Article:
The Student of Faith

Just got finished with our Monday night Bible study. We’ve been talking about Jesus, trying to address the question he asks of Peter: “Who do you say that I am?”

So far, we’ve gone over how people interpret Jesus differently. Prophet. Sage. Revolutionary. Messiah. But tonight felt a little… heavy.

Granted, I thought it went well. We got into the difficulties of faith and how people have spent centuries trying to figure out who Jesus is and what he really did and if the Gospels are accurate. We talked about the “historical Jesus” and touched upon Trinitarian doctrine and the authority of Scripture. The end goal was to make our way into what each Gospel says about Jesus… that’ll be the topic for October’s studies.

But, what set tonight apart was what I will call “the glimpse.” First, though, an aside.

I’ve heard it said many times– heck, I’ve said it many times (even on this blog)– that our denomination hasn’t been doing a good job with campus ministry. And, you know, the more I think about that statement, the more I dislike it. The reason being that I feel like it discredits the ministry that has been done on so many college campuses in the last however many years. Amazing stuff is being done out there. So I feel it’s a bit cocky (and theologically inept) for people like me to come in and say, “We’re here and we’re going to save the denomination from itself when it comes to reaching out to college students.” Um… no. That’s all kinds of wrong. Not that I’ve heard that said, but the spirit in which some critiques have been made about the denomination and its student outreach suggest as much… and I include myself in all of that (heck, I’m still trying to figure out what in the world I’m doing).

So, to be clear, the groundwork has been put into place, and the fact of the matter is that we are all indebted to those who have done amazing work on our college campuses.

That being said, I do sense a resurgence in Presbyterian (USA) campus ministry. Look at Montreat College Conference. That thing is growing every year like crazy. Within our synod, I listen to new ideas being put into place and hear that there’s a renewed energy when it comes to campus ministry. I hear about people at the national office who are ready to get their hands dirty. Don’t get me wrong… there’s a lot of room for improvement. But, I get a sense that there are people– students, pastors, congregations, individuals– who want something huge to happen with college ministry in the PC(USA).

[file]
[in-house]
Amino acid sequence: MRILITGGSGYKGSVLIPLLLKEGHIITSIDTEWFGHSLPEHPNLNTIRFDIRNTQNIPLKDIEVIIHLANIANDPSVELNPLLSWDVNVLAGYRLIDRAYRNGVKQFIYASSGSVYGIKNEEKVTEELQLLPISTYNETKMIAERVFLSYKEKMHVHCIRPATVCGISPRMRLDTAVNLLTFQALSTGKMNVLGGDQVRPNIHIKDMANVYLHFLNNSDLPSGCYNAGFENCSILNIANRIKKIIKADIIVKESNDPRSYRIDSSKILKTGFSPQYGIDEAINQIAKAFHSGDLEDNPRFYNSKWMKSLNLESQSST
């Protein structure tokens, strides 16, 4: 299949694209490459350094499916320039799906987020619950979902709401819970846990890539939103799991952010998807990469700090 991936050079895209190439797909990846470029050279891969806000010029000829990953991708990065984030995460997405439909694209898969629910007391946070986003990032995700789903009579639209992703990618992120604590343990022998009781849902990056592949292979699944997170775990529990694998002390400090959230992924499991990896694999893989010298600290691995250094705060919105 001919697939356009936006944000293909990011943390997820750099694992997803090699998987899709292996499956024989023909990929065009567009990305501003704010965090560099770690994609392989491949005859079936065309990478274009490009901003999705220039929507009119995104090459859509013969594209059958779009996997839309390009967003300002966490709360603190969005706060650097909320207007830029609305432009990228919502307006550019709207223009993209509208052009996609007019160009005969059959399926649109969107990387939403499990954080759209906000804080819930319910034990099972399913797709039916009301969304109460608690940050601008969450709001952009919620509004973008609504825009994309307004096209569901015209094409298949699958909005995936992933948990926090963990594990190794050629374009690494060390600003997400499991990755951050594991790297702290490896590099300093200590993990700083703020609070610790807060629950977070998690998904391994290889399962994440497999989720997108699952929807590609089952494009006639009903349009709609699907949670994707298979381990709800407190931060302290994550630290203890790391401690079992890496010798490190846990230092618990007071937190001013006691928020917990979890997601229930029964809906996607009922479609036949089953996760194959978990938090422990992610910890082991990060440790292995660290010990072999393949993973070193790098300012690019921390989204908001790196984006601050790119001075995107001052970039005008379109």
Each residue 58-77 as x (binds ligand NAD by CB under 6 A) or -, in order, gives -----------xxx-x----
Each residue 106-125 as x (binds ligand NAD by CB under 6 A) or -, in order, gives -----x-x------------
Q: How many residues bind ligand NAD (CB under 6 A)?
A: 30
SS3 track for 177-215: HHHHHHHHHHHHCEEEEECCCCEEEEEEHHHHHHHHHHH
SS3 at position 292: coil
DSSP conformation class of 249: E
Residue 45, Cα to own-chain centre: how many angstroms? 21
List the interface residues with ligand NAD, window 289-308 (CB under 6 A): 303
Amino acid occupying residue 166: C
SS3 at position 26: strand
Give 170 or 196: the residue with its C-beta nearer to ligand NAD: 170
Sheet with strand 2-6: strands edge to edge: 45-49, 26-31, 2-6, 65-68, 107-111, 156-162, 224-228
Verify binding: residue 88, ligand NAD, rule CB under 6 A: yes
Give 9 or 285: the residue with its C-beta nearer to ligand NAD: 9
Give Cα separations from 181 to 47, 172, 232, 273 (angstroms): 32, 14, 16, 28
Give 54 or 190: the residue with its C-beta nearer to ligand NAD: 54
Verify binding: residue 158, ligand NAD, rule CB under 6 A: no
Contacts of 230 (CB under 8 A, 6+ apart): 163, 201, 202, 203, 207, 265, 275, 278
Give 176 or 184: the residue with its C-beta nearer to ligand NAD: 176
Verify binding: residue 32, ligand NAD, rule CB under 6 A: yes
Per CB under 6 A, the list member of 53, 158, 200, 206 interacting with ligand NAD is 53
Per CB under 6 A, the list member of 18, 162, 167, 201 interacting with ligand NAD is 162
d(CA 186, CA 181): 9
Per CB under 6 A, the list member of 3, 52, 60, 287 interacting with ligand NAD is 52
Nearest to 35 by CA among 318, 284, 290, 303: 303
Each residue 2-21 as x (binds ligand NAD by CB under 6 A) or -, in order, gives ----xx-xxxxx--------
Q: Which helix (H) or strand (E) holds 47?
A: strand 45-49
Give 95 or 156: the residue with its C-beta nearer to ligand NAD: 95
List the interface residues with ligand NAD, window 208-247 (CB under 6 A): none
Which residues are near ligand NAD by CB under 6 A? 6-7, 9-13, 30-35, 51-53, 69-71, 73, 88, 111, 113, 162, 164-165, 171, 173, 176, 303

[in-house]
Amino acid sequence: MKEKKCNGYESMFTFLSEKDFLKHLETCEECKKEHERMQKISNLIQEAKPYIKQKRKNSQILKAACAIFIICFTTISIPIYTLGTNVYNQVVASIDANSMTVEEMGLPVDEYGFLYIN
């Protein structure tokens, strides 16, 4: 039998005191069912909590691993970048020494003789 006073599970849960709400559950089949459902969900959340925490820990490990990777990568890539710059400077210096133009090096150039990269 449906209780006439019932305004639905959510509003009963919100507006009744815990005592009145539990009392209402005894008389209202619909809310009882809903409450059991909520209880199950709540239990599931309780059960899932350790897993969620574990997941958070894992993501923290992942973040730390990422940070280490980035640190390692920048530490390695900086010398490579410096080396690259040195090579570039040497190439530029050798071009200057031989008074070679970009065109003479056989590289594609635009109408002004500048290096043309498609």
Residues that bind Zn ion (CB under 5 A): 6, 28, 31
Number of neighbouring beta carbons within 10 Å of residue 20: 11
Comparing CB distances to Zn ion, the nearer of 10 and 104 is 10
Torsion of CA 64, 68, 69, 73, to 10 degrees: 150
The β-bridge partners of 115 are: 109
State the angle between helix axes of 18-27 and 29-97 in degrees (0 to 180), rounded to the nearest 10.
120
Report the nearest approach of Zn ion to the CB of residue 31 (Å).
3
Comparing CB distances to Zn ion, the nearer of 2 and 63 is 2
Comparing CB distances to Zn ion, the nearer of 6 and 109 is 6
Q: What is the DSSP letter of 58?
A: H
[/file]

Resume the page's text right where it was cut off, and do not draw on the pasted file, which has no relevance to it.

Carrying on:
Maybe I’m drinking the campus ministry Kool-Aid. Maybe my worldview is a bit skewed and/or narrow. Maybe I hear what other people are up to and I get excited. Maybe I’m just flat-out wrong. But I feel like there’s good stuff happening and that it’s all building upon itself.

And, to me, it all goes back to “the glimpse.” The glimpse into the life of a college student. The glimpse into the fact that college students wrestle with faith, that their worlds are rocked daily, and that they need to be loved and accepted and, perhaps most importantly, HEARD.

Tonight, I listened as my students confessed what challenges their faith, what has made life difficult, and why following Jesus can be so difficult. They offered a glimpse… into why we, the Church, cannot stray from them. Because they endure a lot. And they’re at the front lines of innovation and philosophy, change and plurality, decisions and worldview.

And the only thing I can say to that is this: what a place to be a student of faith…


~ by presbytide on September 22, 2009.

One Response to “The Student of Faith”

  1. James…just read your latest blog and wanted to tell you how much I liked what you had to say. I think I had a small glimpse last week when we met with the Birmingham kids…and become more convinced than ever that these kids too deserve a healthy, viable campus ministry right here in the Ham. So thanks for reminding me of that, and of why I have committed to yet one more thing that will call me away from what little free time I have, because damn it, these kids are worth it! By the way, you have a beautiful way of writing, much like when you talk, and that fascinates me! Shalom, Patti

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